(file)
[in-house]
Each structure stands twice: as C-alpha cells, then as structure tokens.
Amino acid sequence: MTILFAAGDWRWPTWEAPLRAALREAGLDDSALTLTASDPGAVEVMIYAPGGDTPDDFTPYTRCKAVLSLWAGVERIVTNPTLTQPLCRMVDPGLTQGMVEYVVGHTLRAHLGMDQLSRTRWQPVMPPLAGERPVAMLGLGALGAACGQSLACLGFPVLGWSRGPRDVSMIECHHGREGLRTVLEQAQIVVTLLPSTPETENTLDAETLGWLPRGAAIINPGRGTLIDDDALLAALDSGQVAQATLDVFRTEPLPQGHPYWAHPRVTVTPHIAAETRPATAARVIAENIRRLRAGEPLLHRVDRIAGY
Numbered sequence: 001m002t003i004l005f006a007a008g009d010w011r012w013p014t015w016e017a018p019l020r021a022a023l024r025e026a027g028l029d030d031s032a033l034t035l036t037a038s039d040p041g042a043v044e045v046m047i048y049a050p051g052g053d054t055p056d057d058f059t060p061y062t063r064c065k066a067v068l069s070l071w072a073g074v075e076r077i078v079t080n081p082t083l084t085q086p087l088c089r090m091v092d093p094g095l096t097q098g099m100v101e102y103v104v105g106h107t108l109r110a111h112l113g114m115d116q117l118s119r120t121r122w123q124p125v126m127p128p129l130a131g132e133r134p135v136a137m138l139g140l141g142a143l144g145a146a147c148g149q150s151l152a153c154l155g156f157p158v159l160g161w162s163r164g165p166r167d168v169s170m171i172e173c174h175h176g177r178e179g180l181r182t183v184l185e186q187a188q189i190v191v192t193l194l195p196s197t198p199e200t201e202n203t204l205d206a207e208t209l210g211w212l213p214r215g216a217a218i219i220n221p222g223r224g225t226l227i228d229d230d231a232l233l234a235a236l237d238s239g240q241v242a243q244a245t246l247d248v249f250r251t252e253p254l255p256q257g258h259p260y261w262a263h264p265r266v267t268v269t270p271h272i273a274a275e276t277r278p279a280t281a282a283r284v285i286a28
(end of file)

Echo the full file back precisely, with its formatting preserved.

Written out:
[in-house]
Each structure stands twice: as C-alpha cells, then as structure tokens.
Amino acid sequence: MTILFAAGDWRWPTWEAPLRAALREAGLDDSALTLTASDPGAVEVMIYAPGGDTPDDFTPYTRCKAVLSLWAGVERIVTNPTLTQPLCRMVDPGLTQGMVEYVVGHTLRAHLGMDQLSRTRWQPVMPPLAGERPVAMLGLGALGAACGQSLACLGFPVLGWSRGPRDVSMIECHHGREGLRTVLEQAQIVVTLLPSTPETENTLDAETLGWLPRGAAIINPGRGTLIDDDALLAALDSGQVAQATLDVFRTEPLPQGHPYWAHPRVTVTPHIAAETRPATAARVIAENIRRLRAGEPLLHRVDRIAGY
Numbered sequence: 001m002t003i004l005f006a007a008g009d010w011r012w013p014t015w016e017a018p019l020r021a022a023l024r025e026a027g028l029d030d031s032a033l034t035l036t037a038s039d040p041g042a043v044e045v046m047i048y049a050p051g052g053d054t055p056d057d058f059t060p061y062t063r064c065k066a067v068l069s070l071w072a073g074v075e076r077i078v079t080n081p082t083l084t085q086p087l088c089r090m091v092d093p094g095l096t097q098g099m100v101e102y103v104v105g106h107t108l109r110a111h112l113g114m115d116q117l118s119r120t121r122w123q124p125v126m127p128p129l130a131g132e133r134p135v136a137m138l139g140l141g142a143l144g145a146a147c148g149q150s151l152a153c154l155g156f157p158v159l160g161w162s163r164g165p166r167d168v169s170m171i172e173c174h175h176g177r178e179g180l181r182t183v184l185e186q187a188q189i190v191v192t193l194l195p196s197t198p199e200t201e202n203t204l205d206a207e208t209l210g211w212l213p214r215g216a217a218i219i220n221p222g223r224g225t226l227i228d229d230d231a232l233l234a235a236l237d238s239g240q241v242a243q244a245t246l247d248v249f250r251t252e253p254l255p256q257g258h259p260y261w262a263h264p265r266v267t268v269t270p271h272i273a274a275e276t277r278p279a280t281a282a283r284v285i286a28